shipowner failed to satisfy the claim would the bareboat charterer, manager or
operate be exposed to claims. Again, time constraints prevented exploration of
this practical proposal and it was withdrawn.
The exclusions15 will come as no surprise to those familiar with the CLC. The
Bunker Convention does not apply to pollution damage covered by the CLC16.
Nor does it apply to pollution from warships or ships on Government noncommercial service17 unless a State Party decides otherwise18. On the other
hand where State owned vessels are used for commercial purposes the
Convention applies including the jurisdiction provisions of Article 919.
Incidents involving two or more ships
Article 5 provides that where an incident involving two ships occurs and it is
not possible to determine from which ship the pollution came, both ships shall
be jointly and severely liable.
Limitation of liability
Article 4
Article 4 (1)
Article 4 (2)
Article 4 (3)
Article 4 (4)
During initial discussions in the Legal Committee a number of States were keen
to see a separate free standing fund provided by shipowners to be exclusively
available to satisfy bunker pollution claims. There was strong opposition to this
proposal in particularly from the shipowning and insurance sectors and it was
finally agreed that bunker pollution claims would be subject to existing laws of
limitation of liability. Thus, bunker pollution damage claimants will have to
prove their claims against any available limitation fund alongside other property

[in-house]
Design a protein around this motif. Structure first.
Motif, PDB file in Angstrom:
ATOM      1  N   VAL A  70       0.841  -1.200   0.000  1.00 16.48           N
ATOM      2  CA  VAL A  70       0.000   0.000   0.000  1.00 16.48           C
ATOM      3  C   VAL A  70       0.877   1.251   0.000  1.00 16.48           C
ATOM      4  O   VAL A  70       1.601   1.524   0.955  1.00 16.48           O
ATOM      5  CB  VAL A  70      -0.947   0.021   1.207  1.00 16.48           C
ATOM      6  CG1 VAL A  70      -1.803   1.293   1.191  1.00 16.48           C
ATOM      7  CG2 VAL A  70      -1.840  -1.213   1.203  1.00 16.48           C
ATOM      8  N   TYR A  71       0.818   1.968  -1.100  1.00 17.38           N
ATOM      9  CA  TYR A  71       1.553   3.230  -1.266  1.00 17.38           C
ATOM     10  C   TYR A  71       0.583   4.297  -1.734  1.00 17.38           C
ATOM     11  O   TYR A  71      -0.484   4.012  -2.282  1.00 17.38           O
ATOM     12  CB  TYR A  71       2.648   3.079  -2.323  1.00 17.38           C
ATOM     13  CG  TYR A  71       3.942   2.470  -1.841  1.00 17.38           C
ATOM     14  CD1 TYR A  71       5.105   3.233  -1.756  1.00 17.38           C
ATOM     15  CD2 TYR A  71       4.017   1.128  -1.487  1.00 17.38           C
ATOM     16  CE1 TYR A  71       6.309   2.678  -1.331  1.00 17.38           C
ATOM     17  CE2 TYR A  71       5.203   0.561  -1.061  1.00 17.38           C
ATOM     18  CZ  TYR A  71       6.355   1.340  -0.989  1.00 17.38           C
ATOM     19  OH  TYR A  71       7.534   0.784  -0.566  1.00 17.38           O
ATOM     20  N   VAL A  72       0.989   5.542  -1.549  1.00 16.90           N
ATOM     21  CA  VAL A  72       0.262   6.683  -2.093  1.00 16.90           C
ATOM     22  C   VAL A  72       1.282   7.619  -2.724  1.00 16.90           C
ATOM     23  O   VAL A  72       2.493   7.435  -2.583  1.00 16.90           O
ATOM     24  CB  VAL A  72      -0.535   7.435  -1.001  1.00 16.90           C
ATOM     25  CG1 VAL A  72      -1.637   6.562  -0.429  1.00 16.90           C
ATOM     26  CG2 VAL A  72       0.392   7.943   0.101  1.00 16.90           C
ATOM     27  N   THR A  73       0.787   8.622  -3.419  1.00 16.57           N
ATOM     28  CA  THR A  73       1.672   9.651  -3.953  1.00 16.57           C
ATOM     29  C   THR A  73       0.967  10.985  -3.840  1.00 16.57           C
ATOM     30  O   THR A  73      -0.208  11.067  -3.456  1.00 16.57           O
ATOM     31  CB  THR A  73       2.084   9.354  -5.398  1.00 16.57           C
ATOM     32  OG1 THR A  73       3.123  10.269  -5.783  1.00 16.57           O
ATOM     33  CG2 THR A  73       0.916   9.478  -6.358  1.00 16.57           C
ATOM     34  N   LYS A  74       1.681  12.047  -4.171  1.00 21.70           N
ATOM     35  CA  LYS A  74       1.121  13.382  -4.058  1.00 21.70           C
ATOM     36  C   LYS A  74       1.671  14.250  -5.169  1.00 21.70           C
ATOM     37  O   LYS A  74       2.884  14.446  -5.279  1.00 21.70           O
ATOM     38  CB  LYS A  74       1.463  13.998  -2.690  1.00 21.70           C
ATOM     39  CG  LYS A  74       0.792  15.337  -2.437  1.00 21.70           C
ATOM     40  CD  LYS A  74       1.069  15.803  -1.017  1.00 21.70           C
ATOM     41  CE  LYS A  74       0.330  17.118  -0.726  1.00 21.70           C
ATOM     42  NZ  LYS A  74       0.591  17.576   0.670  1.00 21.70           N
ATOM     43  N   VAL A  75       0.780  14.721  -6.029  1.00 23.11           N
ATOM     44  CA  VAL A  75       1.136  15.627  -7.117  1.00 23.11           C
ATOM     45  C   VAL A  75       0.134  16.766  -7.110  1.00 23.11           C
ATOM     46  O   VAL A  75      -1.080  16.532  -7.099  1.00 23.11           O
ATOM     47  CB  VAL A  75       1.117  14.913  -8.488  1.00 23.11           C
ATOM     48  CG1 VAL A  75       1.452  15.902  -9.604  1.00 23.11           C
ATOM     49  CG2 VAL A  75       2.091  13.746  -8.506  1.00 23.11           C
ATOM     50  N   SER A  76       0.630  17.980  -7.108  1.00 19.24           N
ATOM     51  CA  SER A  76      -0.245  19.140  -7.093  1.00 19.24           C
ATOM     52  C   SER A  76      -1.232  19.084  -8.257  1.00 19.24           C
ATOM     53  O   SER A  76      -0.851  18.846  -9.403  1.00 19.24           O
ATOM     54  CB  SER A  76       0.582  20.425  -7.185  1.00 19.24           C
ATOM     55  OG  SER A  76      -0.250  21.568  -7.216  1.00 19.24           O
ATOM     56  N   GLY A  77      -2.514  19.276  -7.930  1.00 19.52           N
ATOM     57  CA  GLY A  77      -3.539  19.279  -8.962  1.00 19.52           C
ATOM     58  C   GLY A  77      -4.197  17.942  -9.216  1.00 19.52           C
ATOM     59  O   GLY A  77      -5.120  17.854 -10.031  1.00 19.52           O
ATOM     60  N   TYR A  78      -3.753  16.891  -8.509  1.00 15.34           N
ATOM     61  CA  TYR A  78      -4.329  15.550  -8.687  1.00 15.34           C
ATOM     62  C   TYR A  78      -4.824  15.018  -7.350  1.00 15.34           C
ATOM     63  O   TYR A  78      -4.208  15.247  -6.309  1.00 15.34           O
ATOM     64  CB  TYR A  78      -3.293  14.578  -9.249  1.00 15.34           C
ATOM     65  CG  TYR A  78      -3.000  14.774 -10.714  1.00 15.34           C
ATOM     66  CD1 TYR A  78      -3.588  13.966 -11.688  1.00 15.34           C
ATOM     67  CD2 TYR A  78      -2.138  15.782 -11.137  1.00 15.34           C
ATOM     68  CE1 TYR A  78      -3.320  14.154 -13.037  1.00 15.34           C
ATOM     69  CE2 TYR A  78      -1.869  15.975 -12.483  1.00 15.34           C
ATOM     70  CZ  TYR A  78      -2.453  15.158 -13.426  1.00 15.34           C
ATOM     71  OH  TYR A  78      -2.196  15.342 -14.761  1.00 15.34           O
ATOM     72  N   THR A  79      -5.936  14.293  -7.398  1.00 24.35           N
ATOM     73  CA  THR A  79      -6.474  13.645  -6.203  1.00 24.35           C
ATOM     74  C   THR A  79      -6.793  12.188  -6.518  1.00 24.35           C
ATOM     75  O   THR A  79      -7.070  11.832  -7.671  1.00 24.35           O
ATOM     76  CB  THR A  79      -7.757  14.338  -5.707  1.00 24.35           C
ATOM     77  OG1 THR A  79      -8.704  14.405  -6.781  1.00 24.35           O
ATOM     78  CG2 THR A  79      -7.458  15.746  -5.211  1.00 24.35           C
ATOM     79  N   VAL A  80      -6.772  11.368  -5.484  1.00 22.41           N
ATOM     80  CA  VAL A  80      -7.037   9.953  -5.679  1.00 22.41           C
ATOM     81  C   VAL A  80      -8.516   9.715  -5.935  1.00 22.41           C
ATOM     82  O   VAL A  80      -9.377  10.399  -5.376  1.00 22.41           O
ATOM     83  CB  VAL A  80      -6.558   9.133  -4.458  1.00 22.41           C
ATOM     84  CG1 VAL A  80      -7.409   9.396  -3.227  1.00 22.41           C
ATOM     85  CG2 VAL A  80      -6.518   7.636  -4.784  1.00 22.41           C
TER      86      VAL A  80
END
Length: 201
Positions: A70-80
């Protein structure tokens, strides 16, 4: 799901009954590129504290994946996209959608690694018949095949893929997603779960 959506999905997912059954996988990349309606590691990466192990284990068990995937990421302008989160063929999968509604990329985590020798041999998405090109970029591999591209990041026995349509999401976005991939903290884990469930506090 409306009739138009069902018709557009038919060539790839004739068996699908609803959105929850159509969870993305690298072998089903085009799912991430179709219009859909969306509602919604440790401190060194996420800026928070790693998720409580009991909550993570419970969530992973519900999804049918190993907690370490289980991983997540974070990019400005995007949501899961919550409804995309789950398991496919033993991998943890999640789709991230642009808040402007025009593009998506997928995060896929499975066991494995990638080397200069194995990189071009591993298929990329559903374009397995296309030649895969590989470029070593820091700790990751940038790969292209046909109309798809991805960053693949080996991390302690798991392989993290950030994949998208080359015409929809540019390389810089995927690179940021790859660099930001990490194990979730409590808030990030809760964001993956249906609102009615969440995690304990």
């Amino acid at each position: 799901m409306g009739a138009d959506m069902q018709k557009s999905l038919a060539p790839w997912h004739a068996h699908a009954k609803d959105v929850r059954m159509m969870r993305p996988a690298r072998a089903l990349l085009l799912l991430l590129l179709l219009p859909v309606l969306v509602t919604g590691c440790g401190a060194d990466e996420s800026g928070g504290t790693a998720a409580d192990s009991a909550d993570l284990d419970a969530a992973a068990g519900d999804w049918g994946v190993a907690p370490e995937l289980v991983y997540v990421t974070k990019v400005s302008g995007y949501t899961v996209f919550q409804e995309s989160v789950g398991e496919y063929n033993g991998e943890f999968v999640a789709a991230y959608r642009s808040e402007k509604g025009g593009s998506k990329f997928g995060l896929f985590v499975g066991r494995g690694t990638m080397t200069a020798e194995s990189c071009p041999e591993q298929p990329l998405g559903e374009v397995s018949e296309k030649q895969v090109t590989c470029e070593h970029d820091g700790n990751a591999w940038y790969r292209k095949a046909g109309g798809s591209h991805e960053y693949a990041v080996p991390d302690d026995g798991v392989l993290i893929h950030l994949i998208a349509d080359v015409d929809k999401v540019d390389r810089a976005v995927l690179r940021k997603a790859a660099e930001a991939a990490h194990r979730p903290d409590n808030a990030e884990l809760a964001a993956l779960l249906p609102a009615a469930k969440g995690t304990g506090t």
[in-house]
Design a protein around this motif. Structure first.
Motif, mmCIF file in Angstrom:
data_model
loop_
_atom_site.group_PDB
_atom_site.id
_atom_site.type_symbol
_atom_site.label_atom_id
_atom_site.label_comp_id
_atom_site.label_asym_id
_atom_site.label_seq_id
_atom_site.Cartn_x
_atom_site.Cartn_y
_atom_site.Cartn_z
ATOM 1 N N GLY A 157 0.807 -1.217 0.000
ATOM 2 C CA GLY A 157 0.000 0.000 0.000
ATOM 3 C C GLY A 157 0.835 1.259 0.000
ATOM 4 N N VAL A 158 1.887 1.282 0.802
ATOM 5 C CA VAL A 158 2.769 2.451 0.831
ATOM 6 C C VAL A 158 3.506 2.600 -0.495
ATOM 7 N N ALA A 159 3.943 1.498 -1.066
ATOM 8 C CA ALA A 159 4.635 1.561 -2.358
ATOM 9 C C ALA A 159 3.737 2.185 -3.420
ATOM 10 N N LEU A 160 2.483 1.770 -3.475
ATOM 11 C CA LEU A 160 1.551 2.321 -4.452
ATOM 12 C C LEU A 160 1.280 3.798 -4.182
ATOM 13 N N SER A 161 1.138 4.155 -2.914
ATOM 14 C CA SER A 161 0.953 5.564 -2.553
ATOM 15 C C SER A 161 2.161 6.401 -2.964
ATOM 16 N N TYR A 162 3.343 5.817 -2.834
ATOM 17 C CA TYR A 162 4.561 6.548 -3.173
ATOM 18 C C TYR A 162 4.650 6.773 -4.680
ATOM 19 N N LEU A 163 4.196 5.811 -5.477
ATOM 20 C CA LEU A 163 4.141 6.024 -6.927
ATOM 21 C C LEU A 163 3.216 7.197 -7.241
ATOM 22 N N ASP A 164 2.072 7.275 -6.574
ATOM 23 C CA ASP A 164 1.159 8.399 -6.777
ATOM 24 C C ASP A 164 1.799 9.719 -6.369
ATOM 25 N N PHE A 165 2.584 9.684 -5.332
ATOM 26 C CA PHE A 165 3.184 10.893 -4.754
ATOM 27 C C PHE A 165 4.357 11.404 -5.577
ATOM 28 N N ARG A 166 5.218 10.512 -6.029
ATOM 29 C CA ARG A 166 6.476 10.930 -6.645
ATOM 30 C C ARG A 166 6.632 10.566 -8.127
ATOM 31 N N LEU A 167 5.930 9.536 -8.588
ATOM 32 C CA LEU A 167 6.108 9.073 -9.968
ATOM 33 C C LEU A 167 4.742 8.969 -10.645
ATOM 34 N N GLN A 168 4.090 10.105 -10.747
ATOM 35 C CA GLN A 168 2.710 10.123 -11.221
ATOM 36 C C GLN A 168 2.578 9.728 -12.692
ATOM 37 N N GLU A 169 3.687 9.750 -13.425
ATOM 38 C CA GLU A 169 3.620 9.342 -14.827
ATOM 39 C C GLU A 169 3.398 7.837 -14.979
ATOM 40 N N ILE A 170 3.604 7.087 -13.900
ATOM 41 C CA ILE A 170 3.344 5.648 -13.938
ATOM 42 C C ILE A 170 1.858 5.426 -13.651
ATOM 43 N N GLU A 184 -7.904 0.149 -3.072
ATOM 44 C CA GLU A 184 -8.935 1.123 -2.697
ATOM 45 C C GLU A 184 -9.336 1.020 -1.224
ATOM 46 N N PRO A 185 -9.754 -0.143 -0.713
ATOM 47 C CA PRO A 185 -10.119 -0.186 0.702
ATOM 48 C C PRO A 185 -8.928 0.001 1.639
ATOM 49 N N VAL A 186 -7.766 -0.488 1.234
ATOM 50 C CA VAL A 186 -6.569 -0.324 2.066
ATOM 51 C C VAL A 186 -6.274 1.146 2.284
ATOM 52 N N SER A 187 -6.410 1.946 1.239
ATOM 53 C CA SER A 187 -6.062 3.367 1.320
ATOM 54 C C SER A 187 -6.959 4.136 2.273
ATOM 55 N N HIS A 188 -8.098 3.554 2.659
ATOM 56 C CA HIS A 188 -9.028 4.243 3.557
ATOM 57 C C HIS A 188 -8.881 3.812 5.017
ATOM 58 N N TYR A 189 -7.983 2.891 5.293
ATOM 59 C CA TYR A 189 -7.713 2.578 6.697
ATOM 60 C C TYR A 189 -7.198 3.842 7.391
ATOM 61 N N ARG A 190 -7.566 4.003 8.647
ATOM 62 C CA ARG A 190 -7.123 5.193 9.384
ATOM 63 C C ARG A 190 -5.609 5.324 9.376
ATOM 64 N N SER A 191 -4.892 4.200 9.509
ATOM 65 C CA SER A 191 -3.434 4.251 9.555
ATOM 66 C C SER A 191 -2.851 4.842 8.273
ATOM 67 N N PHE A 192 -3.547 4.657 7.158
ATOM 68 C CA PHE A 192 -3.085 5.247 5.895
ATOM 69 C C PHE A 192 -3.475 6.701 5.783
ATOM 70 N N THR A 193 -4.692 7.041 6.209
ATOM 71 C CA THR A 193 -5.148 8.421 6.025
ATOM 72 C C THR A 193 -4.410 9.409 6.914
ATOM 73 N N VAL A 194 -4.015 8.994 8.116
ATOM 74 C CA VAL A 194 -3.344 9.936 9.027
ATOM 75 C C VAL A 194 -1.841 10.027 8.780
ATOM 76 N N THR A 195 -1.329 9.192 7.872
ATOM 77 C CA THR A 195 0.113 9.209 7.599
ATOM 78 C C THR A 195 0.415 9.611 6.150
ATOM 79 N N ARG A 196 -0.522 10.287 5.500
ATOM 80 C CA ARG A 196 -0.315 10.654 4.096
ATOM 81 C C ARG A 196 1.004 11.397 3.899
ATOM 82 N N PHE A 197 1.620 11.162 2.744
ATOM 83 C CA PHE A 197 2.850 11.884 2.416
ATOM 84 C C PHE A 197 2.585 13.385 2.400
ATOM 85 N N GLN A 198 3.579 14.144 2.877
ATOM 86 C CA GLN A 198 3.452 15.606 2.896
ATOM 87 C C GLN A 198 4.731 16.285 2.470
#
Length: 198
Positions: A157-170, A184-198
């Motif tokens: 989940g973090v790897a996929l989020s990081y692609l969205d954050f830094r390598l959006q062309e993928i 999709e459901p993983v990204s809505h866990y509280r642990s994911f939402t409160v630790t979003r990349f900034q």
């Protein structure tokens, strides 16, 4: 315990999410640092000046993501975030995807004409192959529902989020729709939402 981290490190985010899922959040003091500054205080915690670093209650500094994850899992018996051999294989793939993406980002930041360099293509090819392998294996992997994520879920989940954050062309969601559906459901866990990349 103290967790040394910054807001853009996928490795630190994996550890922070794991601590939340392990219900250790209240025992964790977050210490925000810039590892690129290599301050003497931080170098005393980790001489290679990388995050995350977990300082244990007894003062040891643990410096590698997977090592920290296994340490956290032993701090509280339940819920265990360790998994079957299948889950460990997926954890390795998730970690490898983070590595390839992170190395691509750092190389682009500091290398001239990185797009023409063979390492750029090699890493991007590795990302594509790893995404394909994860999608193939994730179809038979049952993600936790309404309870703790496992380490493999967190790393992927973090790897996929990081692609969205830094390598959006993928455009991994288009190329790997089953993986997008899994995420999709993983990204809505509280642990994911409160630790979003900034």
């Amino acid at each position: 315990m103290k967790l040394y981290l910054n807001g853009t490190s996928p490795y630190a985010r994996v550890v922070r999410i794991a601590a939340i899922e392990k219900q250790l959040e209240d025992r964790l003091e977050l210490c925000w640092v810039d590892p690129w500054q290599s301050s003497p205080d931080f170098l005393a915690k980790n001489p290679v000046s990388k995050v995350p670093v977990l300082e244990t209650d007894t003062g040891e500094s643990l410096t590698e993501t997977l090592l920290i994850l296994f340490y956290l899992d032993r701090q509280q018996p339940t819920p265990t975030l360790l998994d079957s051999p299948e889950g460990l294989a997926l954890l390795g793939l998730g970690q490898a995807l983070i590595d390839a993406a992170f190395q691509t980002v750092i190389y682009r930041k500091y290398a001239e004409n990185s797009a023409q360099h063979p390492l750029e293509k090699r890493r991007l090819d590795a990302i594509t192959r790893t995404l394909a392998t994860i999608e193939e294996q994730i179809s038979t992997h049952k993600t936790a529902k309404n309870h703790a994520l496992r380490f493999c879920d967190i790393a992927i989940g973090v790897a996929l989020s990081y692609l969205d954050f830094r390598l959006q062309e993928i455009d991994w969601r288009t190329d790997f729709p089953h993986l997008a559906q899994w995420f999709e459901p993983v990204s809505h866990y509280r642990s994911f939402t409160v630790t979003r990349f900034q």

claims arising out of the same incident.
In a submission to the Diplomatic Conference the International Group of P&I
Clubs ( and the BMLA20 in a separate submission to the UK Department of
Transport and the Regions) pointed out that there was a widespread assumption
that in States where the LLMC21 applies it provides a right of limitation for
pollution damage caused by bunker spills. It was suggested that this might well
be an erroneous assumption. The claims for which liability may be limited are
set out in Article 2(1) of the LLMC and include claims for loss or damage to
property and claims in respective of loss resulting from infringement of rights.
It is strongly arguable that the LLMC may give no general right of limitation for
bunker pollution claims which do not involve physical damage to property or
result in infringement of rights (for example economic loss arising from
disruption to a business caused by an oil spill) because such claims cannot be
brought within the existing wording of Article 2(1) of the LLMC.
Because of pressure of time the International Group was persuaded to withdraw
this submission. It is a matter of some disappointment that, the problem having
been identified and a solution devised, it was not possible to add a few words to
Article 6 which would have put the matter beyond doubt.
The British Maritime Law Association
Convention on Limitation of Liability for Maritime Claims 1976
It should be noted that the Convention is accompanied by a Resolution 22 which
urges all States to ratify or accede to the 1996 Protocol to the LLMC 1976 thus
increasing the fund available for all claims – including bunker pollution claims.
Compulsory insurance or financial security
Compulsory insurance has become a feature of recent liability conventions
(notably CLC and HNS) and is likely to feature in future liability instruments
such as the proposed Protocol to the Athens Convention of 1974. Article 7,
therefore deals in considerable detail with this requirement and the necessary
administrative systems which will have to be put in place.
From the outset it has been recognised that requiring shipowners to insure their
potential liability and also requiring each ship to carry a certificate attesting that